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The code above is an Express application. In the /simulate route, we are simulating longitude and latitude values and then sending them to Pusher. These will then be picked by our application.

💡 The longitude and latitude values will typically be obtained from the device being tracked in a real-life scenario.

Finally, we will create the configuration file, named config.js. Paste this snippet there:

module.exports = {
    appId: 'PUSHER_APP_ID',
    key: 'PUSHER_APP_KEY',
    secret: 'PUSHER_APP_SECRET',
    cluster: 'PUSHER_APP_CLUSTER',
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Replace the values there with the keys from your Pusher dashboard. Then install the modules needed by our server by running this command in the root directory:

$ npm install
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Our server should be up and running on port 4000.

Building our realtime map in Android Studio

Create a new Android project

Open Android studio and create a new project. Enter your application details, include Kotlin support, choose a minimum SDK (this should not be less than API 14), choose an Empty Activity, and finish the process. Here is a quick GIF of the process:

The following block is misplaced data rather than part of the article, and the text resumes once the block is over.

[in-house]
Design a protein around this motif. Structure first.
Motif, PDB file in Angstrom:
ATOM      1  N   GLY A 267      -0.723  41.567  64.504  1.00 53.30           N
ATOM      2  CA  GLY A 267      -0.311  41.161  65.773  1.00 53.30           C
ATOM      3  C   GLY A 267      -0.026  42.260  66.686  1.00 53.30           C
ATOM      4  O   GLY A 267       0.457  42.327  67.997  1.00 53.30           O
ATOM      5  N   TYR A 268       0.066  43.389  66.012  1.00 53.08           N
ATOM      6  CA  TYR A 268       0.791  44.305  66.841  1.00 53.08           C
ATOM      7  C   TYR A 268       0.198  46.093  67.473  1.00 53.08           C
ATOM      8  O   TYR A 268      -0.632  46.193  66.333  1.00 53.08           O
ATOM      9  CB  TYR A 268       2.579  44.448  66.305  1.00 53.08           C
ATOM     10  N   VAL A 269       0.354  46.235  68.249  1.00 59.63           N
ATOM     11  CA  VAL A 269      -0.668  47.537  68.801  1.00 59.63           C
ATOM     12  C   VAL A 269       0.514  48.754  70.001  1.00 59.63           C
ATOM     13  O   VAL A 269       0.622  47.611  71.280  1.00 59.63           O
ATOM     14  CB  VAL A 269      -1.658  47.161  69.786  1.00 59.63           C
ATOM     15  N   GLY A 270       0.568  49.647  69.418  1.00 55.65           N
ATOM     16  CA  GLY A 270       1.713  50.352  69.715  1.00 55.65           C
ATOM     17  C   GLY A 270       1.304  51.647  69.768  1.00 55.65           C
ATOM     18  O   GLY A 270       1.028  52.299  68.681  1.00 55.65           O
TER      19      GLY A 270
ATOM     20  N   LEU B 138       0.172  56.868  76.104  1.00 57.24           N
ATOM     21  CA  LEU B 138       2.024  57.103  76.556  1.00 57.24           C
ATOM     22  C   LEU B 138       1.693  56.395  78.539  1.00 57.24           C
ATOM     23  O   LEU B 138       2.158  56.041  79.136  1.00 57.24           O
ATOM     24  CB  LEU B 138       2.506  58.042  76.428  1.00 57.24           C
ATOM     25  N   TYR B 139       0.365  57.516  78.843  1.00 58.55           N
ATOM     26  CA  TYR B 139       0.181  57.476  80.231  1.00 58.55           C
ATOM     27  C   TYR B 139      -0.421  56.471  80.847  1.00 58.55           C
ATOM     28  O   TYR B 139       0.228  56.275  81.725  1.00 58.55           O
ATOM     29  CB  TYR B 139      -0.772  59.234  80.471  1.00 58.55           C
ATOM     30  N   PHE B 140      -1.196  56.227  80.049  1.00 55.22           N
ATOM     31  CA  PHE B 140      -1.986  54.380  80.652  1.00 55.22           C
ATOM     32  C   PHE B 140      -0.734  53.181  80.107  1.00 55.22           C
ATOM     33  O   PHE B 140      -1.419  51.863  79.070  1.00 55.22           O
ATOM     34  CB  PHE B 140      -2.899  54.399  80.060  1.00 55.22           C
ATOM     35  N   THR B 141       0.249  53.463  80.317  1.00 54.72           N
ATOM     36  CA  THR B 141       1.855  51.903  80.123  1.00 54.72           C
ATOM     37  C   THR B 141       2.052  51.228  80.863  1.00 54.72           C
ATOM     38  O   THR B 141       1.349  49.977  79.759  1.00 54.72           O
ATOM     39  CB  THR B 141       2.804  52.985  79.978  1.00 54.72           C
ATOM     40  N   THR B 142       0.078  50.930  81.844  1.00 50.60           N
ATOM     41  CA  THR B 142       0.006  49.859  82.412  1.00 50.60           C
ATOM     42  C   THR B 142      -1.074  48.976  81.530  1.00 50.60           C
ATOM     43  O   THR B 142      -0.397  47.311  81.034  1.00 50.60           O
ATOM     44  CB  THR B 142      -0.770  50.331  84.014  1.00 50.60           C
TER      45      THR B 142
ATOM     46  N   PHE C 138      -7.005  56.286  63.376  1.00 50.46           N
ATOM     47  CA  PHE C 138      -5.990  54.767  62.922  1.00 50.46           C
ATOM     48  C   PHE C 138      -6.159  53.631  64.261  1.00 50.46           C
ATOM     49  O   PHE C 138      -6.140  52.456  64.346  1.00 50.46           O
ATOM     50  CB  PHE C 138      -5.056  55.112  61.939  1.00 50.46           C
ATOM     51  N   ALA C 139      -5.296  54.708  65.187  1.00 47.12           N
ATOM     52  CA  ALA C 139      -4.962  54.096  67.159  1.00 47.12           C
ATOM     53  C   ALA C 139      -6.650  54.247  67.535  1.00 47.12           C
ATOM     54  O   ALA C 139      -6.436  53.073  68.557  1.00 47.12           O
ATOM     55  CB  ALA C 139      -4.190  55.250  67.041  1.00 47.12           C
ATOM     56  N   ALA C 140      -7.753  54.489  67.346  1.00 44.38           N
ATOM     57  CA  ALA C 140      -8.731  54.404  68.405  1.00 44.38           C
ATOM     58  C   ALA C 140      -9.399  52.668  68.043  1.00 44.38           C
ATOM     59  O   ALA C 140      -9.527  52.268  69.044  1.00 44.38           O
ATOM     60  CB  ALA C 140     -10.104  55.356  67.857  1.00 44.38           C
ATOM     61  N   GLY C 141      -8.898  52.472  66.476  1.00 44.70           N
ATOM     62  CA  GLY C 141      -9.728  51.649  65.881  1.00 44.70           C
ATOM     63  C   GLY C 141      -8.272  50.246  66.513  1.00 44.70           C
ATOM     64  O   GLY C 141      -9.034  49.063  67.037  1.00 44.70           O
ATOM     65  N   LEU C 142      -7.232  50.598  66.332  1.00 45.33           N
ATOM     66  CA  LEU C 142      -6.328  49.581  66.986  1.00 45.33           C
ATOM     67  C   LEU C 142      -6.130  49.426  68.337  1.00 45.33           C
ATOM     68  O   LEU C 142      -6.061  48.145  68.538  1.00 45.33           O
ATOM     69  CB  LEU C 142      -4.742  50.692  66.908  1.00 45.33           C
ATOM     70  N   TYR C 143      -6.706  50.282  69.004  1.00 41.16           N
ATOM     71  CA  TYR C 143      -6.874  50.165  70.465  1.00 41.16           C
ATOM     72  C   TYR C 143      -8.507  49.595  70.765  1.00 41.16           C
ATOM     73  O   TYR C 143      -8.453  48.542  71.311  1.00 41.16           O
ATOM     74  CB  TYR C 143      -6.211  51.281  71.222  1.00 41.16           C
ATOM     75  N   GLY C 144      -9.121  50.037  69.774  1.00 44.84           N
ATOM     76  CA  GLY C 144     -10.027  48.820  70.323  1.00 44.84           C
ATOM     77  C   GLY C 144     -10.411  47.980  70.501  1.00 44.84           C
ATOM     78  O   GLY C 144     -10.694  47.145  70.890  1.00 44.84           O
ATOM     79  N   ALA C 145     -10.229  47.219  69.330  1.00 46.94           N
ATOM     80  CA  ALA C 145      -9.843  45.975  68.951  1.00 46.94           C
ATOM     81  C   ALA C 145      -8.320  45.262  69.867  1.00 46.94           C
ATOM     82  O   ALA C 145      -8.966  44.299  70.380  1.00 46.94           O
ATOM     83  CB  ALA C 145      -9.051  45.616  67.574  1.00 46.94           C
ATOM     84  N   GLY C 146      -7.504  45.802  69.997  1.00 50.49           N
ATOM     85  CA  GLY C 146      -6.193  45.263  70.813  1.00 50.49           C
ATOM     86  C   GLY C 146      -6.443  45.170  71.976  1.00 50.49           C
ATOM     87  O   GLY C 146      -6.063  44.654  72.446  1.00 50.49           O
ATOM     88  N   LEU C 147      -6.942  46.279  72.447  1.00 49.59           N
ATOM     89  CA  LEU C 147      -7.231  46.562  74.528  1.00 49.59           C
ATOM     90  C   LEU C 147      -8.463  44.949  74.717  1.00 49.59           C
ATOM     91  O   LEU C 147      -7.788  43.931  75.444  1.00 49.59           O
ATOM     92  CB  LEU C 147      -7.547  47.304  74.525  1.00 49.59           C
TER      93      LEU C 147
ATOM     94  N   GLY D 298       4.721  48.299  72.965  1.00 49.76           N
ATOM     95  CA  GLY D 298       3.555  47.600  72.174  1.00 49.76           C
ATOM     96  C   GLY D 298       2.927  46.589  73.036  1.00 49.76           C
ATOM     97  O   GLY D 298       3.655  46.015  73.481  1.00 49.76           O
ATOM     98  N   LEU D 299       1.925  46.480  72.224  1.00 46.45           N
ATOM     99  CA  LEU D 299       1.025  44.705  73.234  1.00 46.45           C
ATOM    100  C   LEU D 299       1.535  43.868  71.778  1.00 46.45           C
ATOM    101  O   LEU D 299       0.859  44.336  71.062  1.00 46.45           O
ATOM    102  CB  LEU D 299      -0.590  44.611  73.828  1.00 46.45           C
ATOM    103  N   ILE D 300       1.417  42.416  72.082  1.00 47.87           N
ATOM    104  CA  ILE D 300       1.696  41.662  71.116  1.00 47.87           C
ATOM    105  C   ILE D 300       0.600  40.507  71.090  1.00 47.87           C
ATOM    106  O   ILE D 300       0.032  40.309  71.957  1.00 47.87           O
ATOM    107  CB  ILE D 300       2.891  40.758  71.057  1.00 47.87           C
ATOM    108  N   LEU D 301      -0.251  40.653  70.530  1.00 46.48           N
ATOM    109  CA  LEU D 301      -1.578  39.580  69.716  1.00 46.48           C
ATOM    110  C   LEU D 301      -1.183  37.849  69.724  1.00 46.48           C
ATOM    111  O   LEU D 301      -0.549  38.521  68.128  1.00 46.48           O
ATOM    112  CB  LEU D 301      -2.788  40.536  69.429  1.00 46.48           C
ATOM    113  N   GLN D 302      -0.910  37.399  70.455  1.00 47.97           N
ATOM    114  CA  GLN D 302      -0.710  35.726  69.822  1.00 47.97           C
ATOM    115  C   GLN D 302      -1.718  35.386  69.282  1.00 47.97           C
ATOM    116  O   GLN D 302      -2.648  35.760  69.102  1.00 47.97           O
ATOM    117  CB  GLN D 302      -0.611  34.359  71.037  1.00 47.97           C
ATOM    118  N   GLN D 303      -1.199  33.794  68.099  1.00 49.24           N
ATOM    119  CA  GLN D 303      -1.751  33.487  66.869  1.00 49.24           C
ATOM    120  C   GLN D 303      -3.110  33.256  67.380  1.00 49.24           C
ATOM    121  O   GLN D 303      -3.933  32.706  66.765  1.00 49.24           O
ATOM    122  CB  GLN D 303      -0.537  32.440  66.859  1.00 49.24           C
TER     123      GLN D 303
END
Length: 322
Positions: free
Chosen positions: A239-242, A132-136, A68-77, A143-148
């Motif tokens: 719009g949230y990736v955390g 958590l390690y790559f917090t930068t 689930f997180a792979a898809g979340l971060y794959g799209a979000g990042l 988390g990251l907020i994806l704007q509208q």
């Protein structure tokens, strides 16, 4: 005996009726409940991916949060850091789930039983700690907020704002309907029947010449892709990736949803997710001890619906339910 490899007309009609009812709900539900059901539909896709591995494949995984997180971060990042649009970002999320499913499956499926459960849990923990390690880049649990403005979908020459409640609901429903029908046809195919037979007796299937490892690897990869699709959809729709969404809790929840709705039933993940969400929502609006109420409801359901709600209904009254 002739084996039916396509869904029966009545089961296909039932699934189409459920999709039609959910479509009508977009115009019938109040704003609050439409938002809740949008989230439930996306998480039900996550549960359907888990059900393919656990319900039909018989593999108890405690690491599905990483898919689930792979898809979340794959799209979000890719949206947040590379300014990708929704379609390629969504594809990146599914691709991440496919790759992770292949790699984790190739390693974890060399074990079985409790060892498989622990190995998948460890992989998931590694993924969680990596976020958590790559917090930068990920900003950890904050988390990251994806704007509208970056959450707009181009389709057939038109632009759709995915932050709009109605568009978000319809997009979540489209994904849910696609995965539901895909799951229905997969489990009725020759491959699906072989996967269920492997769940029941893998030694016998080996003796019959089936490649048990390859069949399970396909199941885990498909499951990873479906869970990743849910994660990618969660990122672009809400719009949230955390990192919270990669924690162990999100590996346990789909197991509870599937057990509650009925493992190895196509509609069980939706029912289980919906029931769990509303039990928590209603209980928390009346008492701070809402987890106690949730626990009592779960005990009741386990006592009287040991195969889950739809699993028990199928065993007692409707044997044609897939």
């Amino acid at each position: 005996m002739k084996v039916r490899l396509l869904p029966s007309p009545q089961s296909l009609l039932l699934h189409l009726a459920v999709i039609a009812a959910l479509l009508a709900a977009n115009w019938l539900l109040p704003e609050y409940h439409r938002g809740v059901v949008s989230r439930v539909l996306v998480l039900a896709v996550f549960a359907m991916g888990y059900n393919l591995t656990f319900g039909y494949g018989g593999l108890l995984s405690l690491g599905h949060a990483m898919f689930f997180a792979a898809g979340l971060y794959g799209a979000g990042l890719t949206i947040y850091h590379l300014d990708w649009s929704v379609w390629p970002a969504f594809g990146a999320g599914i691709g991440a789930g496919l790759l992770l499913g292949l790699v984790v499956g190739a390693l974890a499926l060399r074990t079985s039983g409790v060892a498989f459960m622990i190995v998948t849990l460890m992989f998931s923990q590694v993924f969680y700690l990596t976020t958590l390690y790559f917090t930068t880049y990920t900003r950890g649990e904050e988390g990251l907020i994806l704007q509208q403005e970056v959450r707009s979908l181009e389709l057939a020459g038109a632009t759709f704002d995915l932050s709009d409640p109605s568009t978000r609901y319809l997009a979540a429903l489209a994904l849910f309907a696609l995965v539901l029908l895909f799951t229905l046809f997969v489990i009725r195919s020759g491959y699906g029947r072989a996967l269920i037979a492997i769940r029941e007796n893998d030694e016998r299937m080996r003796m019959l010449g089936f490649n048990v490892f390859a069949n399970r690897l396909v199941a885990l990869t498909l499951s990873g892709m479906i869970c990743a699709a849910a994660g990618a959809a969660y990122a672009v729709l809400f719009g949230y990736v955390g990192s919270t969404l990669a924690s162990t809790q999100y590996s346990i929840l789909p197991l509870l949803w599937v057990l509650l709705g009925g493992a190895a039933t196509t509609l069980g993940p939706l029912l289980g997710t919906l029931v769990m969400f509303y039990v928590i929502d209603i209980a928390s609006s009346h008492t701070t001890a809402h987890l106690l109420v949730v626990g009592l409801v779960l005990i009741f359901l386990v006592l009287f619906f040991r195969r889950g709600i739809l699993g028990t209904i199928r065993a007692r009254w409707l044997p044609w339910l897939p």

Adding app dependencies

This demo has several dependencies. We need the Pusher dependency for realtime functionality, the Google Maps API for easy integration of maps into our app, and Retrofit to access our server with ease.

Open your app-module build.gradle file and paste the following dependencies:

// Pusher dependency
implementation 'com.pusher:pusher-java-client:1.5.0'

// Google maps API
implementation ''

// Retrofit dependencies
implementation 'com.squareup.retrofit2:retrofit:2.3.0'
implementation 'com.squareup.retrofit2:converter-scalars:2.3.0'
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Sync your Gradle files so that the libraries can be downloaded and made available.
Building our layout

Open the activity_main.xml and paste this:

<?xml version="1.0" encoding="utf-8"?>
<FrameLayout xmlns:android=""
    <fragment xmlns:android=""
        tools:context="com.example.mapwithmarker.MapsMarkerActivity" />
        android:text="Simulate" />